Compassion on canvasTibetan Thangka master and contemporary artist Anay Ngawang Chodak’s ongoing exhibition explores the depths of compassion and wisdom in humans.
In the quiet corners of Kathmandu, a man with his brush and a box of colours is illuminating the rich heritage of Tibetan traditional thangka art while carving a niche for himself in the contemporary art scene.
Born in 1980, Anay Ngawang Chodak is a distinguished Tibetan traditional thangka master and contemporary artist known for his deep roots in Buddhist art. Chodak’s hands have breathed life into two sets of 32 thangkas, gifts to esteemed figures like the 14th Dalai Lama. Notably, he has also completed a thangka mural in the sanctum sanctorum of the three-story Great Stupa in Tawang, Arunachal Pradesh, India.
For Chodak, art becomes a medium for exploring the depths of compassion and wisdom in our contemporary existence. His ongoing exhibition at the Siddharta Art Gallery at Baber Mahal Revisited, titled ‘Compassion and Wisdom in a Contemporary World,’ invites art lovers into a realm of mesmerising abstractions. It serves as a visual symphony that resonates with the profound symbolism of interconnectedness.
Chodak’s art is rooted in the ancient Nalanda tradition from India—his creations resonate with influences from Newa Paubha art, the Kashmiri style of Alchi art and Tibetan art. These diverse influences coalesce into a unique and modern interpretation, with a special focus on portraying female energy as a divine source of wisdom.
His canvas makes viewers think this is where the past meets the present, as the strokes of tradition blend smoothly with contemporary expression. The result is an arresting visual language that speaks to modern sensibilities, creating a bridge between the old and the new.
The exhibition doesn’t just feel like a display of art; it is an invitation to introspect through meditative art. Chodak’s creations serve as a colourful gateway into the intricacies of Buddhist philosophy, where the illusion of separateness fades, and the interconnected threads of existence become apparent.
Chodak’s creations are full of symbolism, each stroke deliberate, each element filled with a deeper meaning. The flowers, meticulously portrayed, symbolise the perpetual freshness of love and compassion. He shares, “The main theme of this exhibition is interconnectedness; we all are connected to each other somehow.”
When asked about his most cherished artwork in the exhibition, he walked towards the ‘Ama’ painting. In nuanced strokes and vibrant hues, he encapsulates the closeness of a mother to her child. “My main message is that we can love each other the same way a mother loves her child. We should spread the message of love, and that is what I am trying to do,” he says.
Chodak’s plea for love echoes through the gallery. His commitment to his craft is personal and is a daily devotion that goes beyond mere artistic expression. “I am staying in the present and focusing on my work because I cannot go a day without it,” he reveals.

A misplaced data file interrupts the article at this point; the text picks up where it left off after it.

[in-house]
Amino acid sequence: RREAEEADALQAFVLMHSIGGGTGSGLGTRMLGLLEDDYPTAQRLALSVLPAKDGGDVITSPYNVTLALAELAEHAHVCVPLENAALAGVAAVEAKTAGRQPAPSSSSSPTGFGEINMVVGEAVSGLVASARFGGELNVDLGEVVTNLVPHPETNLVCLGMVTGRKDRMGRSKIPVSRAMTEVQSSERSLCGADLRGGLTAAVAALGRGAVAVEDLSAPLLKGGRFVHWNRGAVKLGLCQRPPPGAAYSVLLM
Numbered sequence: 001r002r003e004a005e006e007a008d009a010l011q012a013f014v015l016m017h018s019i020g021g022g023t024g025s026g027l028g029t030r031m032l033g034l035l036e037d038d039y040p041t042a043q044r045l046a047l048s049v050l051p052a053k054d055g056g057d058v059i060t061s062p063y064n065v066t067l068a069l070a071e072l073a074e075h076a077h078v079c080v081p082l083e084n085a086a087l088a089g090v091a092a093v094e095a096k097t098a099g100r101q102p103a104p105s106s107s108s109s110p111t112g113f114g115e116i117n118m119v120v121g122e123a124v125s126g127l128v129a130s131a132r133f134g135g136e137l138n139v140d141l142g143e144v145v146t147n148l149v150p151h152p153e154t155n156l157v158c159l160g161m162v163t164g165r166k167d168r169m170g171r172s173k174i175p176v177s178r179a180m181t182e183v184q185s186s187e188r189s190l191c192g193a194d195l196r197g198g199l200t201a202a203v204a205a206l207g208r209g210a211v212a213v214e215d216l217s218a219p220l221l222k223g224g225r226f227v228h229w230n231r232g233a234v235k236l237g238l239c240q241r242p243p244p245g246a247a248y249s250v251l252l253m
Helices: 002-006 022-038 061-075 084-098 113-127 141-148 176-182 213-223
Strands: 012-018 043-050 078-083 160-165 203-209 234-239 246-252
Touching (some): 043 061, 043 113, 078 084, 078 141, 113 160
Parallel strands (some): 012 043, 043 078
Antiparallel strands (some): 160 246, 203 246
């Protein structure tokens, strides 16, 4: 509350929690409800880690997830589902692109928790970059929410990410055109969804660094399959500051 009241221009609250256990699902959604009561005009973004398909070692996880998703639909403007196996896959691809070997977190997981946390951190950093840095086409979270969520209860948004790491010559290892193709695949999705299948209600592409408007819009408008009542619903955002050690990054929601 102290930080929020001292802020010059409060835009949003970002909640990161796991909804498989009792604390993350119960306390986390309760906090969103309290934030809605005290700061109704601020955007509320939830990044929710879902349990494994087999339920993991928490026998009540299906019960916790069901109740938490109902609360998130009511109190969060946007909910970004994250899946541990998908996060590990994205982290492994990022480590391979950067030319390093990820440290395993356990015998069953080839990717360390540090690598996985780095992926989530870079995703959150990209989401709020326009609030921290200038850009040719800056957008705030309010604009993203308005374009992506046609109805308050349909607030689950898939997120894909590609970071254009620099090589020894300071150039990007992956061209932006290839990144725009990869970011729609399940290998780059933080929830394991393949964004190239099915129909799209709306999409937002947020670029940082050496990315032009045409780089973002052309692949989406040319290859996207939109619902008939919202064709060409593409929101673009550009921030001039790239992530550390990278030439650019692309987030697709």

His artistic alchemy extends to the materials he carefully selects. He frequently uses Japanese mineral pigments, French gouache paints, oil, acrylic and 24K gold. The canvas itself is not just a surface; it’s a choice that adds depth and richness to his works. From traditional cotton to handmade Tibetan cotton and French cold and hot-pressed paper, each material contributes to the narrative woven on the canvas.
The artist’s use of feminine forms in his art carries symbolic weight. It’s not merely a representation of women but an embodiment of the divine feminine—a force that brings forth wisdom, nurturing and intuition. The figures in his paintings become conduits of spiritual energy, inviting viewers to recognise and honour the sacred within themselves.
In his artistic realm, the presence of dualities is a celebration rather than a conflict. “The interplay between the masculine and feminine is not about opposition but collaboration,” he shares as we stand before one of his many paintings in the gallery. This duality represents oneness, dissolving distinctions and borders through introspection on interconnectedness.
His stay in Dharamsala, India, had a significant impact on his artistic development and enabled him to infuse his artwork with such profound meaning. Not just that, the long-term residency became the catalyst for a significant decision—to embrace a career as a Tibetan contemporary artist. From 2009 to 2015, he resided at Dalai Lama’s Palace annexe quarter in Dharamsala. Recognising the imperative of preserving and reinventing Tibetan and Himalayan arts, he embarked on a journey to enrich the global art scene, particularly within the broader context of Asia.
Currently rooted in Kathmandu, Chodak practises Buddhist philosophy and spiritual practices. He is also accompanying and assisting several long-term personal retreats at the residence and pilgrimage sites in India and Nepal. His studio has become a space where ancient techniques intertwine with contemporary expressions, creating a dynamic dialogue that transcends temporal confines.
His ongoing exhibition, which will continue till December 22, invites art enthusiasts not only to appreciate the aesthetics but to engage in a profound exploration of compassion, wisdom and the interconnected dance of existence.
As patrons and viewers traverse the gallery, they are not mere spectators; they become participants in a journey that bridges ancient philosophies with the pulse of contemporary life. Chodak’s emergence not only as an artist but also as a storyteller weaves the tales that resonate across cultures and time periods.